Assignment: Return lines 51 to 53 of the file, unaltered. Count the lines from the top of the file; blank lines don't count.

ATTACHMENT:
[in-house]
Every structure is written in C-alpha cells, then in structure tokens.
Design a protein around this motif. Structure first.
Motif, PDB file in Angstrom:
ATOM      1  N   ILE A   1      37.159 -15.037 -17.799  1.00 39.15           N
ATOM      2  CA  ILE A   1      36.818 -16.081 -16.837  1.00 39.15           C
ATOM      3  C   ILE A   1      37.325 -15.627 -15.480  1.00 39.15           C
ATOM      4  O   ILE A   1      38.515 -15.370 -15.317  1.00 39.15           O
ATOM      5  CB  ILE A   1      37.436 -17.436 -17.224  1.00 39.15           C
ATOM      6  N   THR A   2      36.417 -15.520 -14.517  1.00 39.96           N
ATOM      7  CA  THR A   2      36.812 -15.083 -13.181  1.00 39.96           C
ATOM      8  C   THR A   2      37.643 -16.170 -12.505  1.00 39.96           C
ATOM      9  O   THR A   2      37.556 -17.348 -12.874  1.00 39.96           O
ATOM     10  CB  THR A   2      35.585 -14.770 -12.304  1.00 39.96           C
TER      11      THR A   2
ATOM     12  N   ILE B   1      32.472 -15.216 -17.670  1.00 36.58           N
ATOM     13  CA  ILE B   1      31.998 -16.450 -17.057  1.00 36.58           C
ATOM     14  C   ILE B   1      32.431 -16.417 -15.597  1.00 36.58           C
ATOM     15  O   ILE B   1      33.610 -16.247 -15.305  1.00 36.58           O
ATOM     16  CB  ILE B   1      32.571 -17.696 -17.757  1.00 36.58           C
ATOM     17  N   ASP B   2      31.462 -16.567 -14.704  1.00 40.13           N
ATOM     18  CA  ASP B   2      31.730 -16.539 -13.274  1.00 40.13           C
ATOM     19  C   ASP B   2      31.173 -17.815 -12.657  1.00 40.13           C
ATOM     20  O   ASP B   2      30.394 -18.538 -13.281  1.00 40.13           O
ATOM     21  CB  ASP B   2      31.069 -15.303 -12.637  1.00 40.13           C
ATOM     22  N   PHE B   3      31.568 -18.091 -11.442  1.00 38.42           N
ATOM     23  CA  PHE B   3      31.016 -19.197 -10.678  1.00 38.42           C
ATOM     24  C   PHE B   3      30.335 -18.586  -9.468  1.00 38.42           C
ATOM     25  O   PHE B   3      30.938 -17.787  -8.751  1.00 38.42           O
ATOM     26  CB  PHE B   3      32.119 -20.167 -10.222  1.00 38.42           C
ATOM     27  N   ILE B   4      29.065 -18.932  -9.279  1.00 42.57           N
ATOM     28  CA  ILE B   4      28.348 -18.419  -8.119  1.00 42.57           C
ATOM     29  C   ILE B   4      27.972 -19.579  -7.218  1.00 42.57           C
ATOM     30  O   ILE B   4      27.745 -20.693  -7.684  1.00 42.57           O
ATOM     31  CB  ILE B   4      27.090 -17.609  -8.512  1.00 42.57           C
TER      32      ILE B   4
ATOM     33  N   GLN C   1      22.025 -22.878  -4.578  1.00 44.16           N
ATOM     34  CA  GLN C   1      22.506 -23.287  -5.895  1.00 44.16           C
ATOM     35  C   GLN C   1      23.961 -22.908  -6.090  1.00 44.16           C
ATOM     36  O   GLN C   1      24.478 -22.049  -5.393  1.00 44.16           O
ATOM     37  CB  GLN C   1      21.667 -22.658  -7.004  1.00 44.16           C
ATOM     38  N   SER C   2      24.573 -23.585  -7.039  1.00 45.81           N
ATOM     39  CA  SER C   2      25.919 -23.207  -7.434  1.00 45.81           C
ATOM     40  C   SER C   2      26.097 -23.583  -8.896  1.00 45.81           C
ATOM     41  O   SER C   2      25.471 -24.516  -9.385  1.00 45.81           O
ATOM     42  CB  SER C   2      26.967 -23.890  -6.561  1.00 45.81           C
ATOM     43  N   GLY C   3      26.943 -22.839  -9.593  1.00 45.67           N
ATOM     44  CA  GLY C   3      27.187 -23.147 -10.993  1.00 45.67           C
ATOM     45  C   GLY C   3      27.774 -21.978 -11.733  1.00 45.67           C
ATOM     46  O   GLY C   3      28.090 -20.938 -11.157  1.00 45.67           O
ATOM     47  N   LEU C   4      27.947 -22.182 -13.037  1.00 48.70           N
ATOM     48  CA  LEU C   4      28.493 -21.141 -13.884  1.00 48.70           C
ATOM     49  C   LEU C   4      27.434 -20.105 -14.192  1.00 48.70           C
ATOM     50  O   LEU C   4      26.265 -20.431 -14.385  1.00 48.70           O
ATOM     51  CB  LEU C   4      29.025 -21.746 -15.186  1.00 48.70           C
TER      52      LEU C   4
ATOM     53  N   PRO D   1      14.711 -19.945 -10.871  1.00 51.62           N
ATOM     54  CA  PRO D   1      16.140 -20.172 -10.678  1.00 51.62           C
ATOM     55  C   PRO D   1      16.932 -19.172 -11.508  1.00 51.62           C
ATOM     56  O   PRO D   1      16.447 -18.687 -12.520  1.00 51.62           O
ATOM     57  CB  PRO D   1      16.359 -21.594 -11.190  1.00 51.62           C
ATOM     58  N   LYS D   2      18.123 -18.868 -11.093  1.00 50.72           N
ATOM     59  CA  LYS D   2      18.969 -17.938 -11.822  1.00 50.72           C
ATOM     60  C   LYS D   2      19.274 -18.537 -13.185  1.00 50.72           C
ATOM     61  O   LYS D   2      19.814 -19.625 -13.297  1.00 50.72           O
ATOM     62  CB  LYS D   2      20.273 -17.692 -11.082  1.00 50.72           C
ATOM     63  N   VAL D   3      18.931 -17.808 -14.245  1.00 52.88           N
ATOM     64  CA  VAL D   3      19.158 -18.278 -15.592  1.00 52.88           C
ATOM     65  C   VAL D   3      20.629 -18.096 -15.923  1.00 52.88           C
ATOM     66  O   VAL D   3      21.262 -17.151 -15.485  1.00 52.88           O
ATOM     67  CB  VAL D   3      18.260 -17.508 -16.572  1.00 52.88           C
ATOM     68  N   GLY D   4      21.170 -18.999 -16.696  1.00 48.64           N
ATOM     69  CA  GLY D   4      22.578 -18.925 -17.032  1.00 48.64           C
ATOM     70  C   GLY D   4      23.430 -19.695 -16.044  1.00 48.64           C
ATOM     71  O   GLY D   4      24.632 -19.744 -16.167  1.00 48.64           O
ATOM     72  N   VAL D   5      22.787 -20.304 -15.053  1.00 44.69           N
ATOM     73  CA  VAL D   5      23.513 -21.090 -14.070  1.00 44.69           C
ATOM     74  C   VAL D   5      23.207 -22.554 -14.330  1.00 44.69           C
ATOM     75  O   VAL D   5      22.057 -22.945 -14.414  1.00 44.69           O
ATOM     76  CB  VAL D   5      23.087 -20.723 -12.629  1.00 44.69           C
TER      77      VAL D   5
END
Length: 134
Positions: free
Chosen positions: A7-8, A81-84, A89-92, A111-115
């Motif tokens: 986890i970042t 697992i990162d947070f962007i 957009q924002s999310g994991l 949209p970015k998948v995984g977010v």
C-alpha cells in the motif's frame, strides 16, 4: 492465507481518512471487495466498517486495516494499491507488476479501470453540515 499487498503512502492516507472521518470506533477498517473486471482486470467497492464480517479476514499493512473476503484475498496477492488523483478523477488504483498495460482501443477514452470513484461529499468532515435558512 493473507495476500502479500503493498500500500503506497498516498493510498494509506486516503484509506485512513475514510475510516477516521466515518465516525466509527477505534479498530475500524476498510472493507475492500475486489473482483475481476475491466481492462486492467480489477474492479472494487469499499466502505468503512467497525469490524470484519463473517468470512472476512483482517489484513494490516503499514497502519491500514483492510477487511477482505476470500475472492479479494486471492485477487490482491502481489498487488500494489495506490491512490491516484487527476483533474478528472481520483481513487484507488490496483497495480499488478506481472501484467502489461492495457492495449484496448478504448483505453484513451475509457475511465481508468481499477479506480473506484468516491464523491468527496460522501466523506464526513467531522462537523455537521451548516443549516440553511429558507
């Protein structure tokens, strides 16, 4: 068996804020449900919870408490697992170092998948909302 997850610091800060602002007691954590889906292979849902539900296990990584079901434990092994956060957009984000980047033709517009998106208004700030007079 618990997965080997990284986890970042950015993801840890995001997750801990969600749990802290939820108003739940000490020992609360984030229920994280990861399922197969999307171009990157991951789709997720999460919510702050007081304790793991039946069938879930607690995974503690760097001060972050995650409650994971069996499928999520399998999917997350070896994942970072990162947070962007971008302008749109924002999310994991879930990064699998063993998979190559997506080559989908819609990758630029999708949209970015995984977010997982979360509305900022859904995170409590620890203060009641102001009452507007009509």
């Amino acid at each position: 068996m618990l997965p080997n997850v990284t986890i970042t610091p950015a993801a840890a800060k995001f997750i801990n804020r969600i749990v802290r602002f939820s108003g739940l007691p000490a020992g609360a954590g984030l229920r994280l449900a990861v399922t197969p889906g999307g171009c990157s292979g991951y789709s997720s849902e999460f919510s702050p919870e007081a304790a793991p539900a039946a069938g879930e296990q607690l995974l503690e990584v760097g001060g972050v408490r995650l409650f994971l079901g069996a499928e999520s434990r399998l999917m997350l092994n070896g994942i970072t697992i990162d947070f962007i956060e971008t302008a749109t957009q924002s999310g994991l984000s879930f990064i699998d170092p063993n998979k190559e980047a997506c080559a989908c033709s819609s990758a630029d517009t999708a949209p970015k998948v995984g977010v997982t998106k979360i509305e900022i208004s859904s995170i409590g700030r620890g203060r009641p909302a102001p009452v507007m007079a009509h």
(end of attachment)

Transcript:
ATOM     47  N   LEU C   4      27.947 -22.182 -13.037  1.00 48.70           N
ATOM     48  CA  LEU C   4      28.493 -21.141 -13.884  1.00 48.70           C
ATOM     49  C   LEU C   4      27.434 -20.105 -14.192  1.00 48.70           C